The Orange County Register
June 1, 1992
Algerian re-abduction is latest exploit of OC former Green Beret
Author: Kim Christensen
The Orange County Register
Estimated printed pages: 7
Two masked men burst into Hamid Maidi's bedroom, handcuffed him, grabbed his children, packed them into a rented car and sped off into the North African night.
Five weeks later, Maidi is still in shock. He can't eat. He can't sleep.
He misses his son and daughter, 3 and 6, and he is filled with anger for those who took them away.
"These are the worst days of my life," Maidi, 36, said in a telephone interview from his Algeria home.
More than 6,000 miles away, the Orange County man who
masterminded the abduction at the behest of the children's American mother feels neither sympathy for Maidi nor remorse about breaking Algerian law.
"Not a bit," said Jeff Miller, 46, a former sergeant in the US Army Special Forces. "What we did was a good thing. A very good thing."
Miller, who said he works primarily in international marketing and investigation, was hired by Aimee Maidi, 29, a Minnesota day-care! -school operator who has since divorced Hamid Maidi.
In October, while separated from his wife, the father signed papers promising to return the children to her at the end of a week's visit.
Instead, he took his daughter, Akila, and son, Djelel, to Algeria, vowing to keep them there permanently, she said.
Aimee Maidi reported her husband to police and consulted with the US State Department, missing-children organizations and an international lawyer.
"What it boiled down to is that nobody could do anything about it," she said. "It finally reached the point where the only option we had left was a counterabduction."
Her situation is similar to hundreds of others, according to the US State Department, which lists about 700 active cases of "international parental child abduction."
In most cases, fathers have taken their children to other countries without the mothers' consent. Some are resolved through the Hague Convention, a! treaty signed by the United States and 22 other nations, which return s children to their home countries until custody disputes are settled.
But Algeria, like other Arabic and Third World nations, does not recognize the treaty. And because of religious and cultural customs that treat men as superior, women _ especially women who are not citizens _ have little hope of prevailing in court.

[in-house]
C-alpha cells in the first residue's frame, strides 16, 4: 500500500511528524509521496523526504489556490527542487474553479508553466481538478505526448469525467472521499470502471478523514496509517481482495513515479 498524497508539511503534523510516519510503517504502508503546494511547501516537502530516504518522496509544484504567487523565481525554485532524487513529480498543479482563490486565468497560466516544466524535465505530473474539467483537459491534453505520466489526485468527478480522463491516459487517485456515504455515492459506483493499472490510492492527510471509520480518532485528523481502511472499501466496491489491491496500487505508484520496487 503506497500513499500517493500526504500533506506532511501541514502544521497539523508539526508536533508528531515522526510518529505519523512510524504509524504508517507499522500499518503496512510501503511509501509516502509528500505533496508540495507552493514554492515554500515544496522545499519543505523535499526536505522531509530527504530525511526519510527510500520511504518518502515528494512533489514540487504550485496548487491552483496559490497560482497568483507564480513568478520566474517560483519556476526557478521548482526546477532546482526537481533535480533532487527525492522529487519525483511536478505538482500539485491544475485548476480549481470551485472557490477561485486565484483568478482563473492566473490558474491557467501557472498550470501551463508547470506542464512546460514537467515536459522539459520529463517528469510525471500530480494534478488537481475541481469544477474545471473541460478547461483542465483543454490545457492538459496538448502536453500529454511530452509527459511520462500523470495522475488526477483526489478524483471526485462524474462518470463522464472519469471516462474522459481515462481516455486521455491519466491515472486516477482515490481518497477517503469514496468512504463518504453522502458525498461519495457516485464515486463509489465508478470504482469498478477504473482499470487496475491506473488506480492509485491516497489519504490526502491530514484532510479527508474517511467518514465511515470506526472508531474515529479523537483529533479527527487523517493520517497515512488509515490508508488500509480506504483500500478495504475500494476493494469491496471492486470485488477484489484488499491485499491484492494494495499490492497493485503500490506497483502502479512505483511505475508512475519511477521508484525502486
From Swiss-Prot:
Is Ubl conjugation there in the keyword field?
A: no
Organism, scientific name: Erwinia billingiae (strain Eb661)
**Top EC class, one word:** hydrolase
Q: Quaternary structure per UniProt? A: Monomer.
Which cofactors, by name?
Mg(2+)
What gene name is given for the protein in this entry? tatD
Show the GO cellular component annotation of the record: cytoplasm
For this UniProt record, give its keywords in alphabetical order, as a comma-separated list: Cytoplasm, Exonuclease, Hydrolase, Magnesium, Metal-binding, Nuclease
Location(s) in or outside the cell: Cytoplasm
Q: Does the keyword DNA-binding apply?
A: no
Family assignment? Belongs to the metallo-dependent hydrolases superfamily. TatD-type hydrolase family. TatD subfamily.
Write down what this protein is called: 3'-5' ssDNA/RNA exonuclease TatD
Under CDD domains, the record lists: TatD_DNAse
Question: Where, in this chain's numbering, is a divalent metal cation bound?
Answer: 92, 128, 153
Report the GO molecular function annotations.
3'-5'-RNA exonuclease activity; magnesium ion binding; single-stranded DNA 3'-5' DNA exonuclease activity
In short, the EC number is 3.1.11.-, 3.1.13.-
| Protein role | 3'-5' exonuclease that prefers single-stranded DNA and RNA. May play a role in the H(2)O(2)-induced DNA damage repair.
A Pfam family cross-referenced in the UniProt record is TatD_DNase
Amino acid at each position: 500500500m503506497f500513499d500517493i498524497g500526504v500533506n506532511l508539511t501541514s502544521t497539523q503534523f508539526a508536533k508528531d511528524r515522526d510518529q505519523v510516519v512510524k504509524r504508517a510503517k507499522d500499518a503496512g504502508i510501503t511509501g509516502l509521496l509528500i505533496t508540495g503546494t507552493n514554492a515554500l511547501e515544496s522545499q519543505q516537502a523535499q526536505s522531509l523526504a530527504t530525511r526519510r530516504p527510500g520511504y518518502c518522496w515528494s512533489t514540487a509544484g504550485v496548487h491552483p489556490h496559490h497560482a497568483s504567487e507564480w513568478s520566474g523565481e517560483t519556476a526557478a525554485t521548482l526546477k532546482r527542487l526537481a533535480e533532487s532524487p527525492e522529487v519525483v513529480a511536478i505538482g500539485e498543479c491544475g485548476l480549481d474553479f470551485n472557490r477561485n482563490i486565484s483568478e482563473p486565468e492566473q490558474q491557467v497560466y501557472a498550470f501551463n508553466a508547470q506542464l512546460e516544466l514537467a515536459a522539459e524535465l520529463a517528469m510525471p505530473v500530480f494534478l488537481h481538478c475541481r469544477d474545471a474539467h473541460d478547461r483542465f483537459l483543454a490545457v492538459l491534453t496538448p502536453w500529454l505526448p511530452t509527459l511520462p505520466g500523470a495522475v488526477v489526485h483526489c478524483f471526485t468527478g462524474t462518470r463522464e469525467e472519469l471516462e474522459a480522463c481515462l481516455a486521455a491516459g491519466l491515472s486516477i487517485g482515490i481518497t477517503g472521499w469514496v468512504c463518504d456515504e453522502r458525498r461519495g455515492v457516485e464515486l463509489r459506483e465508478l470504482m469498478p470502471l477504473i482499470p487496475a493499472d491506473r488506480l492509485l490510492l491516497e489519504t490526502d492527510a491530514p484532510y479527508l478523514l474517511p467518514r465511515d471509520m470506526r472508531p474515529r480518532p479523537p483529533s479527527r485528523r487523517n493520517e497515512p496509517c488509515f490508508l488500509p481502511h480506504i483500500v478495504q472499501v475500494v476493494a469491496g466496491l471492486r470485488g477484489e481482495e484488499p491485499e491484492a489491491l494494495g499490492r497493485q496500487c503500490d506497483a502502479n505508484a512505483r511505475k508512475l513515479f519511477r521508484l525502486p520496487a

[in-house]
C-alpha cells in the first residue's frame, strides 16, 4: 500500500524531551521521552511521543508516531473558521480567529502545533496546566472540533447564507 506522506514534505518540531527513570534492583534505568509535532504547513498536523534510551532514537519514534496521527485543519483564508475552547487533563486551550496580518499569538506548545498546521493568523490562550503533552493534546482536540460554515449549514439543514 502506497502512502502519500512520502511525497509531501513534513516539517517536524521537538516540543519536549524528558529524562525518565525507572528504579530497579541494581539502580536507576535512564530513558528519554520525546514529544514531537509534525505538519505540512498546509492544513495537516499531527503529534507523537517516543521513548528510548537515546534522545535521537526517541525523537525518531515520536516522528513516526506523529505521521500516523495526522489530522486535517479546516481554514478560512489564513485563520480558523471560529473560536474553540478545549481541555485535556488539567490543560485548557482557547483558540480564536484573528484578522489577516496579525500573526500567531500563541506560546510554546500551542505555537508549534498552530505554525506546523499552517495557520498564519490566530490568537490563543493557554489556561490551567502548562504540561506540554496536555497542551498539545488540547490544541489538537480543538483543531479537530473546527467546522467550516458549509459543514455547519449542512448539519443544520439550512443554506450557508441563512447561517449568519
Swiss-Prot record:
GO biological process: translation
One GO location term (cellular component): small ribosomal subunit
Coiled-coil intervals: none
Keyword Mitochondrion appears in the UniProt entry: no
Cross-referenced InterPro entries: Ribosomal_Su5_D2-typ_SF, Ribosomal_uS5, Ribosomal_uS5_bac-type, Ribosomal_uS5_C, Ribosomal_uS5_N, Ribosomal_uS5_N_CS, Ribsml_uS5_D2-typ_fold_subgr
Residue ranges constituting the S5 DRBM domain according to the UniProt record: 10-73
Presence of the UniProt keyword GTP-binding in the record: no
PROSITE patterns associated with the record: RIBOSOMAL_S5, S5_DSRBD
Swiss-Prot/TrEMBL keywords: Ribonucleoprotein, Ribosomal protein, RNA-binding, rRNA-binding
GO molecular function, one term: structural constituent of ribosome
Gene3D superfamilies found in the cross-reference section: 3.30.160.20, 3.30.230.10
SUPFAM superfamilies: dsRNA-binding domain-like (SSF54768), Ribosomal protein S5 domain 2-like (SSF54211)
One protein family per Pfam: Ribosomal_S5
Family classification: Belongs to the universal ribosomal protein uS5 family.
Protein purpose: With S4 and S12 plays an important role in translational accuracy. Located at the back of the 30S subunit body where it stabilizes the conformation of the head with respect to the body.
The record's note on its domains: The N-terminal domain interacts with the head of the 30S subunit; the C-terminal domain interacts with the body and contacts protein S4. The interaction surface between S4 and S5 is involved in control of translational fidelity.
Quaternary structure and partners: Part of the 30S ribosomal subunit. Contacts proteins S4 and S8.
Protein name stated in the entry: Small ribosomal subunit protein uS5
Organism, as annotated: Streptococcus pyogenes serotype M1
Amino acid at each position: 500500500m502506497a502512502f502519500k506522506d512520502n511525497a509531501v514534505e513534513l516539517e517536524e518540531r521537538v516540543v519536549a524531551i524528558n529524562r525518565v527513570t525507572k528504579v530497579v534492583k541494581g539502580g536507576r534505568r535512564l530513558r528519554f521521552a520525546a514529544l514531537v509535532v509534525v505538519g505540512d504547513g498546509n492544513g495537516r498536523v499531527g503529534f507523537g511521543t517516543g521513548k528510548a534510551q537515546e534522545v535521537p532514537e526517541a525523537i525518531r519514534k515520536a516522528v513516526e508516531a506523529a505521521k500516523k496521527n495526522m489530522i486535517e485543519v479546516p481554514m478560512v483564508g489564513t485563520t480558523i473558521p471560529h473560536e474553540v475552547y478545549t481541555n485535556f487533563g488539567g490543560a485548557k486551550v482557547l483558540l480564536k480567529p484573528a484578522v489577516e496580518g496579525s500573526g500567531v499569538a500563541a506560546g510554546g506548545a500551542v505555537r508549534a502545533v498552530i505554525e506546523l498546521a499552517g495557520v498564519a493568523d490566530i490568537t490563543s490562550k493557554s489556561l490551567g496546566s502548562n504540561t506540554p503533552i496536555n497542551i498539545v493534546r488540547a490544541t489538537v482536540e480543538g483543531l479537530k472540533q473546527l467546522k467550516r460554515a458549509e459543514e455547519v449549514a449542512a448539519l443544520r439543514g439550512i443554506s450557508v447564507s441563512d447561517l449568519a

"It's very frustrating for many parents," said Judy Schretter, general counsel to the National Center for Missing and Exploited Children. "They expect the State Department to march in and grab the kids, and the State Department can't do that. They have to go through the appropriate legal channels."
State Department officials confirmed basic details of the Maidi case, but a spokeswoman declined to elaborate.
She said the US government "deplores" such acts of private intervention, which do not violate US laws but are treated as kidnappings in the countries where they occur.
Miller said he and other members of his grou! p realize that they face criminal charges in Algeria, but that there are "higher moral issues" involved in returning children to their mother.
"We have no desire to be criminals, and no desire to perform criminal acts," he said. "Believe me, if we did, we could make a lot more money than we do."
The pre-dawn operation in which Aimee Maidi participated with Miller and five other Americans, mostly former servicemen, capped months of elaborate planning. The totalcost to the family: $120,000-plus.
After several other leads turned into dead ends, she hooked up with Miller through a family friend who knew someone who knew of him.
"It was really a fluke," she said.
Miller and his partner, an Orange County businessman who did not want his name published, flew to Minnesota in December and met with Maidi and her parents. After spending a day with the pair, Aimee Maidi said, the family decided to hire them and her parents agreed to foot the! bill.
"You reach the point where you've got to trust somebod y," she said. "You can't always plug a name into a computer and have it pop up `legitimate' or `not legitimate.' We took the plunge and decided to go for it."
Miller said his military background and civilian work abroad in recent years prepared him well for the job, which he described as his fourth child rescue.
He joined the Army in 1966, hoping for a career in military intelligence.
"They made me a supply clerk," he said, smiling through a thick, salt-and-pepper mustache.
But a year later, Miller said, a sergeant persuaded him to try out for the Special Forces, the soldiers dubbed Green Berets, made famous in song and "touted as some kind of supermen" during the Vietnam War.
One of his assignments during two stints in the Army was to help establish a hostage-rescue school, he said, where he picked up many of the skills he now uses.
In January, Miller and his partner flew to Europe to make preliminary plans for getting t! he Maidi children.
They enlisted the aid of a North African businessman in France, then went to Algeria to see the walled compound owned by Hamid Maidi's family in the mountain village of Lakhdaria in northern Algeria.
After hiring the Algerian as a "surveillance agent," who would track the comings and goings at the family compound, Miller and his partner returned to California. They were joined there by Aimee Maidi, who had lived with Hamid Maidi and his family for 4 1/2 years while teaching school in Algeria.
"We spent a couple of days in a hotel room drawing big charts of the house, room by room," Miller said. "We knew every window, every door. Whether it opened in or out, whether it was wood or metal or glass. We really had the house down."
They devised a plan to break into the compound, then spirit the children out of the country by boat. They arranged for a 120-foot yacht to take them from the northern coast of Algeria to Palma, Maj! orca, and the family paid the captain $50,000.